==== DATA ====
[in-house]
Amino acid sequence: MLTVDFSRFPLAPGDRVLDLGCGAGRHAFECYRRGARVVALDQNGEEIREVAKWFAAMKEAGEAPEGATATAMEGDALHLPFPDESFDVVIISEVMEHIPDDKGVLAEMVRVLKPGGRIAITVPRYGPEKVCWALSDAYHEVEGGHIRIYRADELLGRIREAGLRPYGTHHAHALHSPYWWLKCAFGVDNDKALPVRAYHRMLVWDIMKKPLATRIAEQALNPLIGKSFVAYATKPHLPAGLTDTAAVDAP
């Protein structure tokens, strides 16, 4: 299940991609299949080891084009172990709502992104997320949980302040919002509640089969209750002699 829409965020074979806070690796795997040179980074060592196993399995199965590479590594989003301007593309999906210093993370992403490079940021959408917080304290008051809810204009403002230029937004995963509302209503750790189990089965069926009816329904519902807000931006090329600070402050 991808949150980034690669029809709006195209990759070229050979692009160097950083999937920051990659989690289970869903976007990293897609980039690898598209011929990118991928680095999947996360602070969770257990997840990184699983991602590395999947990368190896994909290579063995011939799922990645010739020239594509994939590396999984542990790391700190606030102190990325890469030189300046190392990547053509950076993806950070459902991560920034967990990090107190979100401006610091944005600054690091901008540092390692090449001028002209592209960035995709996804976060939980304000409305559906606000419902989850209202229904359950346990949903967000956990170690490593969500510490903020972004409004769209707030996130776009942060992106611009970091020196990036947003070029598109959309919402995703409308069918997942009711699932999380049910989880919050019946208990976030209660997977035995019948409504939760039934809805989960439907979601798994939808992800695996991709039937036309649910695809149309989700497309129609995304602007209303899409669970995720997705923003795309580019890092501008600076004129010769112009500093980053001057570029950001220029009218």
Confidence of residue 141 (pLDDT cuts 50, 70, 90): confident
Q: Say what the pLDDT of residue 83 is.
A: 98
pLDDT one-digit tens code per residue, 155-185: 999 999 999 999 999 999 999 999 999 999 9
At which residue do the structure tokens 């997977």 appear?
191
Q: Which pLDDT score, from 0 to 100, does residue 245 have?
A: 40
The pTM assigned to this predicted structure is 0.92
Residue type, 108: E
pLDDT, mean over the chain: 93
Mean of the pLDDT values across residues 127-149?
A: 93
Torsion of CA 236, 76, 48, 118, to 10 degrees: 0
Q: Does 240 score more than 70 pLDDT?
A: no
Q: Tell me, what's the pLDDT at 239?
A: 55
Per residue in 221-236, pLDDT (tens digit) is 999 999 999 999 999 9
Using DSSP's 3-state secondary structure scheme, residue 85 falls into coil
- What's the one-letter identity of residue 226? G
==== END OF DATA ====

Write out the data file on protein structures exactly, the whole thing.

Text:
[in-house]
Amino acid sequence: MLTVDFSRFPLAPGDRVLDLGCGAGRHAFECYRRGARVVALDQNGEEIREVAKWFAAMKEAGEAPEGATATAMEGDALHLPFPDESFDVVIISEVMEHIPDDKGVLAEMVRVLKPGGRIAITVPRYGPEKVCWALSDAYHEVEGGHIRIYRADELLGRIREAGLRPYGTHHAHALHSPYWWLKCAFGVDNDKALPVRAYHRMLVWDIMKKPLATRIAEQALNPLIGKSFVAYATKPHLPAGLTDTAAVDAP
């Protein structure tokens, strides 16, 4: 299940991609299949080891084009172990709502992104997320949980302040919002509640089969209750002699 829409965020074979806070690796795997040179980074060592196993399995199965590479590594989003301007593309999906210093993370992403490079940021959408917080304290008051809810204009403002230029937004995963509302209503750790189990089965069926009816329904519902807000931006090329600070402050 991808949150980034690669029809709006195209990759070229050979692009160097950083999937920051990659989690289970869903976007990293897609980039690898598209011929990118991928680095999947996360602070969770257990997840990184699983991602590395999947990368190896994909290579063995011939799922990645010739020239594509994939590396999984542990790391700190606030102190990325890469030189300046190392990547053509950076993806950070459902991560920034967990990090107190979100401006610091944005600054690091901008540092390692090449001028002209592209960035995709996804976060939980304000409305559906606000419902989850209202229904359950346990949903967000956990170690490593969500510490903020972004409004769209707030996130776009942060992106611009970091020196990036947003070029598109959309919402995703409308069918997942009711699932999380049910989880919050019946208990976030209660997977035995019948409504939760039934809805989960439907979601798994939808992800695996991709039937036309649910695809149309989700497309129609995304602007209303899409669970995720997705923003795309580019890092501008600076004129010769112009500093980053001057570029950001220029009218």
Confidence of residue 141 (pLDDT cuts 50, 70, 90): confident
Q: Say what the pLDDT of residue 83 is.
A: 98
pLDDT one-digit tens code per residue, 155-185: 999 999 999 999 999 999 999 999 999 999 9
At which residue do the structure tokens 């997977």 appear?
191
Q: Which pLDDT score, from 0 to 100, does residue 245 have?
A: 40
The pTM assigned to this predicted structure is 0.92
Residue type, 108: E
pLDDT, mean over the chain: 93
Mean of the pLDDT values across residues 127-149?
A: 93
Torsion of CA 236, 76, 48, 118, to 10 degrees: 0
Q: Does 240 score more than 70 pLDDT?
A: no
Q: Tell me, what's the pLDDT at 239?
A: 55
Per residue in 221-236, pLDDT (tens digit) is 999 999 999 999 999 9
Using DSSP's 3-state secondary structure scheme, residue 85 falls into coil
- What's the one-letter identity of residue 226? G